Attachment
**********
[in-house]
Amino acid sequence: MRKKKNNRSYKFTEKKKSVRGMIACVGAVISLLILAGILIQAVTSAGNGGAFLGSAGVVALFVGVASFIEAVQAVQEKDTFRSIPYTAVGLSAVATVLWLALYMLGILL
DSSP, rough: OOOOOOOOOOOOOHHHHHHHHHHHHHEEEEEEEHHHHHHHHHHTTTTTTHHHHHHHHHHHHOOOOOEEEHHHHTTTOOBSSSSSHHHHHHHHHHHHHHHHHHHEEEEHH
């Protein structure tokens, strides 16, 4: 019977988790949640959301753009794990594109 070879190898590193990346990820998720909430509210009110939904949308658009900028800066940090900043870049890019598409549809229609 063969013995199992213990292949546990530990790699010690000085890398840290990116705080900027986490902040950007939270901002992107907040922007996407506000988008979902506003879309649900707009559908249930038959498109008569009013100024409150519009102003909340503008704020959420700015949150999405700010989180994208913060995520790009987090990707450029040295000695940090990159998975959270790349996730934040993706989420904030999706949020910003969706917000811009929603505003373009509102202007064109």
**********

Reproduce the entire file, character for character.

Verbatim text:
[in-house]
Amino acid sequence: MRKKKNNRSYKFTEKKKSVRGMIACVGAVISLLILAGILIQAVTSAGNGGAFLGSAGVVALFVGVASFIEAVQAVQEKDTFRSIPYTAVGLSAVATVLWLALYMLGILL
DSSP, rough: OOOOOOOOOOOOOHHHHHHHHHHHHHEEEEEEEHHHHHHHHHHTTTTTTHHHHHHHHHHHHOOOOOEEEHHHHTTTOOBSSSSSHHHHHHHHHHHHHHHHHHHEEEEHH
């Protein structure tokens, strides 16, 4: 019977988790949640959301753009794990594109 070879190898590193990346990820998720909430509210009110939904949308658009900028800066940090900043870049890019598409549809229609 063969013995199992213990292949546990530990790699010690000085890398840290990116705080900027986490902040950007939270901002992107907040922007996407506000988008979902506003879309649900707009559908249930038959498109008569009013100024409150519009102003909340503008704020959420700015949150999405700010989180994208913060995520790009987090990707450029040295000695940090990159998975959270790349996730934040993706989420904030999706949020910003969706917000811009929603505003373009509102202007064109």